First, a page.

EU Justice Commissioner Viviane Reding has said the proposed EU General Data Protection Regulation (GDPR) must “move full speed ahead,” Bloomberg reports. The clock is ticking on the GDPR with European Parliament elections coming this May.
“We have lost too much time already,” Reding said in a prepared statement for a speech in Brussels. She also said Greece, which just gained the six-month rotating EU presidency at the beginning of January, will push the GDPR forward. Reding said the European Commission “will support the Greek government’s ambitious objective to reach an agreement by the summer,” adding, “It is now up to member states to deliver the goods.”
Not everyone agrees, however, that the GDPR will move forward. In discussing the two main privacy surprises of 2013, Google Global Privacy Counsel Peter Fleischer wrote on his personal blog that “Europe’s much-ballyhooed, and much-flawed, proposal to rewrite its privacy laws for the next 20 years collapsed. The old draft is dead, and something else will eventually be resurrected in its place.” Noting that “whatever comes next will be the most important privacy legislation in the world,” Fleischer said he was hopeful the “pause will give lawmakers time to write a better, more modern and balanced law.”
“Peter is particularly right when he says we need a more modern law,” said Field Fisher Waterhouse Partner Eduardo Ustaran, CIPP/E, in comments provided to The Privacy Advisor. “The draft that is still up for discussion is laden with unworkable elements like an over-reliance on consent and international data flow restrictions, whilst it misses to recognize the value of data.”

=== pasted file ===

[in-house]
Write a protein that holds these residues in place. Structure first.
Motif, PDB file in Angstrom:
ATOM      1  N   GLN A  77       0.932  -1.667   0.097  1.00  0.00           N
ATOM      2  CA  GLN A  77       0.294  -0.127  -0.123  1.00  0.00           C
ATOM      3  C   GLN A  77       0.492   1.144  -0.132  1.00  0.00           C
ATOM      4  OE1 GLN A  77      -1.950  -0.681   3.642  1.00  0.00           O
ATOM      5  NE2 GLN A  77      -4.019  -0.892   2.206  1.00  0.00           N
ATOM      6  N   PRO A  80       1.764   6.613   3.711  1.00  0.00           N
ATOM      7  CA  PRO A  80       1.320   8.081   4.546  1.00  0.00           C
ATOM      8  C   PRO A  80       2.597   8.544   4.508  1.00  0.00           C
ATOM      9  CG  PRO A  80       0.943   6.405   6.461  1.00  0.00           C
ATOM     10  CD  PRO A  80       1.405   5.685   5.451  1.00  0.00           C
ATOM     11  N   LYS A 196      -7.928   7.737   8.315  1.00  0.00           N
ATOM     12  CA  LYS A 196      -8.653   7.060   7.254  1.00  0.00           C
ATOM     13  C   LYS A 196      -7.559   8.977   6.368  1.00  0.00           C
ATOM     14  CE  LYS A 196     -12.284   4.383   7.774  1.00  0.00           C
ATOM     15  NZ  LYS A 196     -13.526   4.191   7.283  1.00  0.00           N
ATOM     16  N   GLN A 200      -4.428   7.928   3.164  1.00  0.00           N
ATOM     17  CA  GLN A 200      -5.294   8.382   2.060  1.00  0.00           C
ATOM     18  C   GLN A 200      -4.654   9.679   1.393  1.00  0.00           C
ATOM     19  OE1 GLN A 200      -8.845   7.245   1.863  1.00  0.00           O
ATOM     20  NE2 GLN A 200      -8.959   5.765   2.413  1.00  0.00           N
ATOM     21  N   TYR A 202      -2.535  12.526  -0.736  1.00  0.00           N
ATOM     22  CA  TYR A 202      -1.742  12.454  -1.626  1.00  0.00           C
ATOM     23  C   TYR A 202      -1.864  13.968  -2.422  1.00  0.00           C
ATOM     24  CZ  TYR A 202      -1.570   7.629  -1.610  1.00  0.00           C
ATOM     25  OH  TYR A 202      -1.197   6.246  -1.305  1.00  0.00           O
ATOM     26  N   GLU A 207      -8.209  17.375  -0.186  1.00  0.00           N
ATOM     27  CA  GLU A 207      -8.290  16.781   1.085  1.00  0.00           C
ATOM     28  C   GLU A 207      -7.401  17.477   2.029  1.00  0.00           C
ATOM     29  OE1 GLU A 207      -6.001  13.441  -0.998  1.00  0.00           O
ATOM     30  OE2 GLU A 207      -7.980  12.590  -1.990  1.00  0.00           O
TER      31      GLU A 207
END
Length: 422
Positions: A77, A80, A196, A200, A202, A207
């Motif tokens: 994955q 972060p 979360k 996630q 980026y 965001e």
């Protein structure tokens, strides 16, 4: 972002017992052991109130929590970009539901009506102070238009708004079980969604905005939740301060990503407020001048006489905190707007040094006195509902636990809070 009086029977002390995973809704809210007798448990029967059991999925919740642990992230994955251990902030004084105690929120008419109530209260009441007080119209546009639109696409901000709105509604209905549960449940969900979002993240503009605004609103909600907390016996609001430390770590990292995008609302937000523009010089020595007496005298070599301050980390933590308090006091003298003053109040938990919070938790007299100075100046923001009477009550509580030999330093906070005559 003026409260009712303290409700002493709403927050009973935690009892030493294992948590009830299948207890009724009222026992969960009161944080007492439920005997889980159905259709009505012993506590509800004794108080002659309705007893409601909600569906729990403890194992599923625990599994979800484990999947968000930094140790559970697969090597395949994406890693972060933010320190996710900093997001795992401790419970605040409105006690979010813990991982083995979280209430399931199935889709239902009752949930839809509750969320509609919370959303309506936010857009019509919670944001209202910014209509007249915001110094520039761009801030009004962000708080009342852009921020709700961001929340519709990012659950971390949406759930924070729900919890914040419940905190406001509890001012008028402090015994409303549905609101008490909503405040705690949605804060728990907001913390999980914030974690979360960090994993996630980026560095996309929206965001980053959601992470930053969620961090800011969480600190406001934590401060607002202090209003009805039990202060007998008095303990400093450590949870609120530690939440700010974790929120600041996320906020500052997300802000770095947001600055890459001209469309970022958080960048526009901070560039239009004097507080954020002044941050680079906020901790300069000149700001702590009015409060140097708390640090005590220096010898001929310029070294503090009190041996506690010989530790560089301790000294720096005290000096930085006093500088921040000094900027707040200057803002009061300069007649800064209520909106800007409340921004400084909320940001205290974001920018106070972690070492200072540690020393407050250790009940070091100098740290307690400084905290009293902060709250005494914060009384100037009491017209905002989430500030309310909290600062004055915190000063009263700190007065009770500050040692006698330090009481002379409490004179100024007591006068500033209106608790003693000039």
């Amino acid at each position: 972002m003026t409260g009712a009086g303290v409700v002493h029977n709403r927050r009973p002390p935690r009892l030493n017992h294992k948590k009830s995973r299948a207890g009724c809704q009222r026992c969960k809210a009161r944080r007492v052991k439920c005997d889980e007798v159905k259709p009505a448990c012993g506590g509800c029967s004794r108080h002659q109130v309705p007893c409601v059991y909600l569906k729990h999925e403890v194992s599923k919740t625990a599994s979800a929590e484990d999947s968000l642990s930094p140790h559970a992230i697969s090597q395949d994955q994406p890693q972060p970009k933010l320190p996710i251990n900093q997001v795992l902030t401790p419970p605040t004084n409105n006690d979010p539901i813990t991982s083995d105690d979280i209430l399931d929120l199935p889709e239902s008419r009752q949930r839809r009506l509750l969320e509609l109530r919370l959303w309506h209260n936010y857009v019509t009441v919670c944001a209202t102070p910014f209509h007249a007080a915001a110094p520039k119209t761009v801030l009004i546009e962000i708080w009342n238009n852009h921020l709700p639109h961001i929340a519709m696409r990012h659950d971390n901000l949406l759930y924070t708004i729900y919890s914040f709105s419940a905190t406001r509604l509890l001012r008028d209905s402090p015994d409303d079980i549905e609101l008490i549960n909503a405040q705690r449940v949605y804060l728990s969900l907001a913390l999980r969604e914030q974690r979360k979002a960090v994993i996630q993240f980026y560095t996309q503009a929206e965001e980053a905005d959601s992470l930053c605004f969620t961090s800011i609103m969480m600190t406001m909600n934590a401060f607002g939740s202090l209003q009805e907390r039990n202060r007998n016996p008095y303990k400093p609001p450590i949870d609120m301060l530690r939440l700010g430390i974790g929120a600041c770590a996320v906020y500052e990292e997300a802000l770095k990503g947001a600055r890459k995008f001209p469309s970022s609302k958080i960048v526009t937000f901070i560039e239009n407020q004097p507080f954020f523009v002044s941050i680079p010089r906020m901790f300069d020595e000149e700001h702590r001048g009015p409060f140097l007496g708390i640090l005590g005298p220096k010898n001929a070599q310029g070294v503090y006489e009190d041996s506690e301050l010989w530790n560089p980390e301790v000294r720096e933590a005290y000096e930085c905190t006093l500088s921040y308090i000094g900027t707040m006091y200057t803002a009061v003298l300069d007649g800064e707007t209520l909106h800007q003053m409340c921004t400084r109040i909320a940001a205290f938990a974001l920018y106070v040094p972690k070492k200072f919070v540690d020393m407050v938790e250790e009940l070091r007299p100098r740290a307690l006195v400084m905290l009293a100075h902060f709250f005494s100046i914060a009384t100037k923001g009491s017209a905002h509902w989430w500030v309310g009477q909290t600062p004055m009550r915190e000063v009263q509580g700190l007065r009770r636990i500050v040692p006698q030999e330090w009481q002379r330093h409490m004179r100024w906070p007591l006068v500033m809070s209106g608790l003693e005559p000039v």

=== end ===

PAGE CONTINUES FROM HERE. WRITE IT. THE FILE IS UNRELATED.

The European Parliament and the NSA
Meanwhile, after months of inquiry, the European Parliament’s Civil Liberties, Justice and Home Affairs (LIBE) committee draft report on U.S. National Security Agency (NSA) surveillance has been leaked. From July 2013, the LIBE committee held more than 15 hearings and drew from submissions from EU and U.S. experts, EU institutions and even the legislative and executive branches of the U.S. government. The report lays out five reasons not to act, five reasons to act and a list of seven recommendations.
Among the action items, the report recommends the adoption of the GDPR in 2014; conclusion of the EU-U.S. Umbrella agreement “ensuring redress mechanisms for EU citizens in case of data transfers from the EU to the U.S. for law enforcement purposes”; the suspension of Safe Harbor “until a full review is conducted and current loopholes are remedied”; suspension of the TFTP; better whistleblower protections, and the development of “a European strategy for IT independence (at national and EU level).”
The report’s “conclusions and proposed recommendations are not entirely surprising given the known stance of LIBE on these issues, but that does not make this report any less extreme,” Ustaran said in separate comments provided to The Privacy Advisor. “To put it simply, LIBE’s report is a call for a massive closedown of data flows between Europe and the rest of the world.”
Editor's Note: Look for an upcoming Privacy Perspectives post from Ustaran reacting to the LIBE committee report.
Read more by Jedidiah Bracy:
Federal Courts at Loggerheads in NSA Surveillance Cases; Snowden Disclosures to Continue in 2014
Federal Judge Rules NSA Phone Metadata Collection Program Likely Unconstitutional
Tech Biz Urging U.S. Lawmakers, Global Governments To Reform Surveillance Law
Where the FTC Has Been and Where It's Headed in 2014
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